Over the years, Congress eased up on that restrictive nature of the original law. At first they said people over age 72 could get benefits even if they were still working. The gradually lowered that to the full retirement age (currently 66). And they allowed people under age 66 to earn some money. But again, not much (currently $17,640).
I understand why Congress isn't eager to change the law: the cost. The Social Security system would have to pay hundreds of millions of dollars in extra benefits each year if the earnings penalty was eliminated. And at a time when they're looking for ways to trim Social Security spending (as part of an eventual package of reforms to solve the system's long-range financing problems), passing a law that would greatly increase program outlays just isn't in the cards.
So because the earnings penalty isn't going away anytime soon, let me share with you some tips for dealing with it, so you don't get hung up in the vicious cycle of earnings variances and benefit adjustments that plagued my mother (and millions of other beneficiaries).
One way to go would be to understate your anticipated earnings. Just tell SSA that you plan to make less than whatever the earnings threshold happens to be. For example, for this year, you would say you expect to make less than $17,640, even if you think you will make more than that. What that means is that SSA won't withhold any of your benefits. Or to turn that around, it means they will send you a Social Security check every month of this year. But what you must remember is that you will have to pay back some of that money once the year is over. In other words, at the beginning of 2020, you will tell SSA how much money you made in 2019 and they will calculate how much money you have to pay back. I think it's easier having this one-time accounting as opposed to the frequent adjustments using the regular reporting methods.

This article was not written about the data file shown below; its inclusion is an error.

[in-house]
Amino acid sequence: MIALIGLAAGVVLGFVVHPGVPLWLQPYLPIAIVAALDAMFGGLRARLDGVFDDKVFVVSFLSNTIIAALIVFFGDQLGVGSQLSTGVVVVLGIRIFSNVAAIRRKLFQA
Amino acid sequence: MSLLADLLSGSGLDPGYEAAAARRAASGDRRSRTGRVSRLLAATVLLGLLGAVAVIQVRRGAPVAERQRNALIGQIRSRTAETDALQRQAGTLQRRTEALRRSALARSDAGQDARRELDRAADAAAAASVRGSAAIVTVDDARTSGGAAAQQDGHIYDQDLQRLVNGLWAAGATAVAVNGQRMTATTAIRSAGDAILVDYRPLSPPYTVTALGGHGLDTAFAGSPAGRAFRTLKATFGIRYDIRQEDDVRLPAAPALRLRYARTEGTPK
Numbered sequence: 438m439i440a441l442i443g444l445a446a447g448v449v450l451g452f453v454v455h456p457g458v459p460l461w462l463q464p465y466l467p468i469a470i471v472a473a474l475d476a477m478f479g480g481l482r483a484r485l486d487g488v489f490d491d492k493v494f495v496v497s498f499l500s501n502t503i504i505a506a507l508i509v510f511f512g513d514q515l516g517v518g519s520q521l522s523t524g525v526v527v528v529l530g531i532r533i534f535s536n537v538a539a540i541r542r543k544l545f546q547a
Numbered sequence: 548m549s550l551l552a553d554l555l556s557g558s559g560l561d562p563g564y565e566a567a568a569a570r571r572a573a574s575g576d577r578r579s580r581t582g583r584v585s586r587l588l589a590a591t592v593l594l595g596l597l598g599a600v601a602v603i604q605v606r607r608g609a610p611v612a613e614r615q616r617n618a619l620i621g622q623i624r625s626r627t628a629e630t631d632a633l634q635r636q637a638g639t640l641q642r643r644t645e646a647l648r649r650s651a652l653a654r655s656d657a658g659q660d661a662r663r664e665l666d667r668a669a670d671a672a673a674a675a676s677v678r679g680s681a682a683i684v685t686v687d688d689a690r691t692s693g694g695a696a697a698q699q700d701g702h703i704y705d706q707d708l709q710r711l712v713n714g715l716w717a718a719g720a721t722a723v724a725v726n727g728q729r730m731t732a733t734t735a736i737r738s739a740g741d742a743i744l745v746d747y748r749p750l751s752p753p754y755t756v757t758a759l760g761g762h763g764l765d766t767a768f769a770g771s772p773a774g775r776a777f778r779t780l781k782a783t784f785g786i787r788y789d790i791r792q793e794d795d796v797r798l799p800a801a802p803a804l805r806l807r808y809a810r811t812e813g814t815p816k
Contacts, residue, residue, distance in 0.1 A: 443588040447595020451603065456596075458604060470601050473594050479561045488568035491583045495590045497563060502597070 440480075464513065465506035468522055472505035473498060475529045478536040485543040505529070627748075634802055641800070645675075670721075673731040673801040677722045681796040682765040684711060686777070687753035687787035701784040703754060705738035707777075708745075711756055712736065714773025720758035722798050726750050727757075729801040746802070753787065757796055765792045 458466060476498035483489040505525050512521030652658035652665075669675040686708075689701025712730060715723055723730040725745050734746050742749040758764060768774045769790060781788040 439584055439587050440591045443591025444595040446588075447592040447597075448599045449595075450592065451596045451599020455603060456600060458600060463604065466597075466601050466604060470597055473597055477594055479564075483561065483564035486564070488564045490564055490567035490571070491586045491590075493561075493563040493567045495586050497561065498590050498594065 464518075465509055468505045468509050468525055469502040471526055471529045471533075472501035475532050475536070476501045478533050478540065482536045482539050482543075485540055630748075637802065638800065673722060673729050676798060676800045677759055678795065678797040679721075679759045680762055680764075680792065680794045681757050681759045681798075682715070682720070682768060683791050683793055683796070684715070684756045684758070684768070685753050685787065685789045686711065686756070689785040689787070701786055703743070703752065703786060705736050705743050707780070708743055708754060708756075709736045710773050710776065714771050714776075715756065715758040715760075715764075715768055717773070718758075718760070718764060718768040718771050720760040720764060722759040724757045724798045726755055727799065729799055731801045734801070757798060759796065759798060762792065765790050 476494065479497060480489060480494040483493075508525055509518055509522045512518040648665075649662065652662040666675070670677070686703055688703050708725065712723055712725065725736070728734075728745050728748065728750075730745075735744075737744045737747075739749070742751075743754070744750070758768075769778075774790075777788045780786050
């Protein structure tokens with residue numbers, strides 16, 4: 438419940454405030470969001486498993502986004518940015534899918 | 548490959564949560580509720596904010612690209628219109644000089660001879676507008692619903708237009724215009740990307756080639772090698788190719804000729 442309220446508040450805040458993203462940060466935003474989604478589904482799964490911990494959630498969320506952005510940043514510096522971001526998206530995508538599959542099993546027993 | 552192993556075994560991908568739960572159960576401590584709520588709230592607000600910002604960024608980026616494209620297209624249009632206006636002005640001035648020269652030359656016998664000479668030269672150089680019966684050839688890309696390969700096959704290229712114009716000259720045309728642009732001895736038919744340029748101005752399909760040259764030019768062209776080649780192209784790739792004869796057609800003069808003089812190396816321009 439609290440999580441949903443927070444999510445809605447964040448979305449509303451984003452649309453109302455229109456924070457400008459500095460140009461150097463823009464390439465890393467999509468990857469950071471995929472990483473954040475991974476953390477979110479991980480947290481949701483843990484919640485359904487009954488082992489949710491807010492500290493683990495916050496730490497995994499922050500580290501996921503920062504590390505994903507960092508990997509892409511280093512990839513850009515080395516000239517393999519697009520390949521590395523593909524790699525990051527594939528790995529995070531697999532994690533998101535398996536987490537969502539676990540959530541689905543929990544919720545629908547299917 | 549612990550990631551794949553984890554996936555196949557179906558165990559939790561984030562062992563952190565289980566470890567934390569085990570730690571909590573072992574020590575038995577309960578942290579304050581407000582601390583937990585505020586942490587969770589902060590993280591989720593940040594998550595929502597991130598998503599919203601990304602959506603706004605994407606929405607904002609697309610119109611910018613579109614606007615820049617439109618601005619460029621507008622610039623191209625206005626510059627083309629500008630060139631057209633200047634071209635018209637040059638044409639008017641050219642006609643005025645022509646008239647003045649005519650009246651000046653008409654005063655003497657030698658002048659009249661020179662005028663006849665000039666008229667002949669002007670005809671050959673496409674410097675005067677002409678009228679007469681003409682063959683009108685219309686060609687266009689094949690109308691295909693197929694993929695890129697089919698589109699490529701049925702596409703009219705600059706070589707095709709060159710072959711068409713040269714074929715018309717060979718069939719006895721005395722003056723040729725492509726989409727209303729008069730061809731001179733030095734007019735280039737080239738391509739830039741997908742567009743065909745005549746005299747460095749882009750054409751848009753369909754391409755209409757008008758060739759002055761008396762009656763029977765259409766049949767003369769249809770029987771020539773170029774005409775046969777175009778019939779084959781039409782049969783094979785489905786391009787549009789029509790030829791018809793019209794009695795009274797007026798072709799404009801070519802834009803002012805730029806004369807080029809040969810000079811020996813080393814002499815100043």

If you don't like the idea of having to owe the government any money, you could go the other way around. For example, you could tell SSA that you plan to make $100,000 in 2019, even though you actually expect to make less than that. In this scenario, SSA won't send you any Social Security checks. Then in early 2020, you would tell SSA how much money you actually made in 2019 and then they will send you a check to cover the benefits you are due.
I know some of my former SSA colleagues will be absolutely aghast at these suggestions. They will say that I am coaching people to lie to the government. I prefer to think of it as a little fib! And a temporary one at that. Because both scenarios I presented require the claimant to eventually settle the books with SSA. In the end, either with the constant adjustment in checks through the normal procedures or with the one-time accounting using my method, the people eventually get the proper Social Security benefits they are due.
If you have a Social Security question, Tom Margenau has the answer. Contact him at [email protected] To find out more about Tom Margenau and to read past columns and see features from other Creators Syndicate writers and cartoonists, visit the Creators Syndicate website at www.creators.com.